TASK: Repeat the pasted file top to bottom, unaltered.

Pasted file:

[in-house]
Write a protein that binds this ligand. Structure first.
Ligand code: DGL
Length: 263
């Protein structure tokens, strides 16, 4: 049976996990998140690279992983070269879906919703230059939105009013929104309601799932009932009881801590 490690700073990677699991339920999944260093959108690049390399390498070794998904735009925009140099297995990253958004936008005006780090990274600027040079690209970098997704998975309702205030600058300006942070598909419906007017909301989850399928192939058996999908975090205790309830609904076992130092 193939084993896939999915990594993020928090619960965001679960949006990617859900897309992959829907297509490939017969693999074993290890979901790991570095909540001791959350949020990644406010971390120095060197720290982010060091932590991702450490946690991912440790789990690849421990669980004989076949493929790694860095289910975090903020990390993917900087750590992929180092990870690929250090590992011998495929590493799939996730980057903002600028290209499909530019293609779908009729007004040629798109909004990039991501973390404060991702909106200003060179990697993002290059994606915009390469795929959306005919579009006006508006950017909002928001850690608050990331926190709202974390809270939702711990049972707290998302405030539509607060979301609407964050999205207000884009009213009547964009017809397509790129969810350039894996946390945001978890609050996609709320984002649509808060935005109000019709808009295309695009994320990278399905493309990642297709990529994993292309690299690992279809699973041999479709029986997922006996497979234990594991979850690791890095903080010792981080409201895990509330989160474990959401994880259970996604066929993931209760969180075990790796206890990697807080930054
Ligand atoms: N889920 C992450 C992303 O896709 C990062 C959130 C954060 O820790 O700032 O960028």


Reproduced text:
[in-house]
Write a protein that binds this ligand. Structure first.
Ligand code: DGL
Length: 263
């Protein structure tokens, strides 16, 4: 049976996990998140690279992983070269879906919703230059939105009013929104309601799932009932009881801590 490690700073990677699991339920999944260093959108690049390399390498070794998904735009925009140099297995990253958004936008005006780090990274600027040079690209970098997704998975309702205030600058300006942070598909419906007017909301989850399928192939058996999908975090205790309830609904076992130092 193939084993896939999915990594993020928090619960965001679960949006990617859900897309992959829907297509490939017969693999074993290890979901790991570095909540001791959350949020990644406010971390120095060197720290982010060091932590991702450490946690991912440790789990690849421990669980004989076949493929790694860095289910975090903020990390993917900087750590992929180092990870690929250090590992011998495929590493799939996730980057903002600028290209499909530019293609779908009729007004040629798109909004990039991501973390404060991702909106200003060179990697993002290059994606915009390469795929959306005919579009006006508006950017909002928001850690608050990331926190709202974390809270939702711990049972707290998302405030539509607060979301609407964050999205207000884009009213009547964009017809397509790129969810350039894996946390945001978890609050996609709320984002649509808060935005109000019709808009295309695009994320990278399905493309990642297709990529994993292309690299690992279809699973041999479709029986997922006996497979234990594991979850690791890095903080010792981080409201895990509330989160474990959401994880259970996604066929993931209760969180075990790796206890990697807080930054
Ligand atoms: N889920 C992450 C992303 O896709 C990062 C959130 C954060 O820790 O700032 O960028």